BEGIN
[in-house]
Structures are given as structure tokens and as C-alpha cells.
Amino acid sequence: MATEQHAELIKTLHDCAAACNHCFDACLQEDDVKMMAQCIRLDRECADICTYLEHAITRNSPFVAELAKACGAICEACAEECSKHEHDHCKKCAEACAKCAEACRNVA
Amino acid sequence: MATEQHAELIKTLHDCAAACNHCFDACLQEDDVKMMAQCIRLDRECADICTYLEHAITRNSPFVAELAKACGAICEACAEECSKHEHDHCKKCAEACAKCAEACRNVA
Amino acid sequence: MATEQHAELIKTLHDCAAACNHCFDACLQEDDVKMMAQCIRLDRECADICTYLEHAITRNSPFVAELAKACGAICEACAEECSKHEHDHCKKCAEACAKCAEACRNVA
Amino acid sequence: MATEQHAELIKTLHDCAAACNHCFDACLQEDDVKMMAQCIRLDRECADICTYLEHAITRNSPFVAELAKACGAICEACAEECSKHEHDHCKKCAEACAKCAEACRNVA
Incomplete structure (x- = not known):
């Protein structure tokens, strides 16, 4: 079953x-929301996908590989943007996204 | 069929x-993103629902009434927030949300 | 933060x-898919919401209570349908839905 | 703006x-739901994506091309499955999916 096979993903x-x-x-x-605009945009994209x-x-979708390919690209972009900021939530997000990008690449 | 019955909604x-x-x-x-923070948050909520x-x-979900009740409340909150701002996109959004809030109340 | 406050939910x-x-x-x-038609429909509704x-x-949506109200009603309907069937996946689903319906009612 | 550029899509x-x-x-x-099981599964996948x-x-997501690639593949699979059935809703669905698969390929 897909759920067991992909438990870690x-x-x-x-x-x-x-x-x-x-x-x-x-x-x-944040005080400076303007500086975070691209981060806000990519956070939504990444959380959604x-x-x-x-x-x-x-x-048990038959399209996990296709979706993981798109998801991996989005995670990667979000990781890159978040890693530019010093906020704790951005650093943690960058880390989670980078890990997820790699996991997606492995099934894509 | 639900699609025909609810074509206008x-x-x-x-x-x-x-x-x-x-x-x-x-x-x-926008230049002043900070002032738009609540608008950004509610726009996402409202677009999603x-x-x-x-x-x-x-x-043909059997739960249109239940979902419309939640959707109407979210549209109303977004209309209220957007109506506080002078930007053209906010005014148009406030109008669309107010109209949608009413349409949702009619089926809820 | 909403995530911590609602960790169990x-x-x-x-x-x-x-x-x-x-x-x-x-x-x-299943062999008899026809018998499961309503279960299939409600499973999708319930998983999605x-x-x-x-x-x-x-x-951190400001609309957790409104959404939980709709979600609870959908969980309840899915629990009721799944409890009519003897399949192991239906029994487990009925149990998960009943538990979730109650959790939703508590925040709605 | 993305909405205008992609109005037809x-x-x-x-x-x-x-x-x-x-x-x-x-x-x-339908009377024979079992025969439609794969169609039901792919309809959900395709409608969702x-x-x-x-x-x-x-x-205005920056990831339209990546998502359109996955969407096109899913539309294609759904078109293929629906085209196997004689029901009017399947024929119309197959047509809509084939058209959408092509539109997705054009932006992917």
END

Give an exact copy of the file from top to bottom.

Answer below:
[in-house]
Structures are given as structure tokens and as C-alpha cells.
Amino acid sequence: MATEQHAELIKTLHDCAAACNHCFDACLQEDDVKMMAQCIRLDRECADICTYLEHAITRNSPFVAELAKACGAICEACAEECSKHEHDHCKKCAEACAKCAEACRNVA
Amino acid sequence: MATEQHAELIKTLHDCAAACNHCFDACLQEDDVKMMAQCIRLDRECADICTYLEHAITRNSPFVAELAKACGAICEACAEECSKHEHDHCKKCAEACAKCAEACRNVA
Amino acid sequence: MATEQHAELIKTLHDCAAACNHCFDACLQEDDVKMMAQCIRLDRECADICTYLEHAITRNSPFVAELAKACGAICEACAEECSKHEHDHCKKCAEACAKCAEACRNVA
Amino acid sequence: MATEQHAELIKTLHDCAAACNHCFDACLQEDDVKMMAQCIRLDRECADICTYLEHAITRNSPFVAELAKACGAICEACAEECSKHEHDHCKKCAEACAKCAEACRNVA
Incomplete structure (x- = not known):
């Protein structure tokens, strides 16, 4: 079953x-929301996908590989943007996204 | 069929x-993103629902009434927030949300 | 933060x-898919919401209570349908839905 | 703006x-739901994506091309499955999916 096979993903x-x-x-x-605009945009994209x-x-979708390919690209972009900021939530997000990008690449 | 019955909604x-x-x-x-923070948050909520x-x-979900009740409340909150701002996109959004809030109340 | 406050939910x-x-x-x-038609429909509704x-x-949506109200009603309907069937996946689903319906009612 | 550029899509x-x-x-x-099981599964996948x-x-997501690639593949699979059935809703669905698969390929 897909759920067991992909438990870690x-x-x-x-x-x-x-x-x-x-x-x-x-x-x-944040005080400076303007500086975070691209981060806000990519956070939504990444959380959604x-x-x-x-x-x-x-x-048990038959399209996990296709979706993981798109998801991996989005995670990667979000990781890159978040890693530019010093906020704790951005650093943690960058880390989670980078890990997820790699996991997606492995099934894509 | 639900699609025909609810074509206008x-x-x-x-x-x-x-x-x-x-x-x-x-x-x-926008230049002043900070002032738009609540608008950004509610726009996402409202677009999603x-x-x-x-x-x-x-x-043909059997739960249109239940979902419309939640959707109407979210549209109303977004209309209220957007109506506080002078930007053209906010005014148009406030109008669309107010109209949608009413349409949702009619089926809820 | 909403995530911590609602960790169990x-x-x-x-x-x-x-x-x-x-x-x-x-x-x-299943062999008899026809018998499961309503279960299939409600499973999708319930998983999605x-x-x-x-x-x-x-x-951190400001609309957790409104959404939980709709979600609870959908969980309840899915629990009721799944409890009519003897399949192991239906029994487990009925149990998960009943538990979730109650959790939703508590925040709605 | 993305909405205008992609109005037809x-x-x-x-x-x-x-x-x-x-x-x-x-x-x-339908009377024979079992025969439609794969169609039901792919309809959900395709409608969702x-x-x-x-x-x-x-x-205005920056990831339209990546998502359109996955969407096109899913539309294609759904078109293929629906085209196997004689029901009017399947024929119309197959047509809509084939058209959408092509539109997705054009932006992917």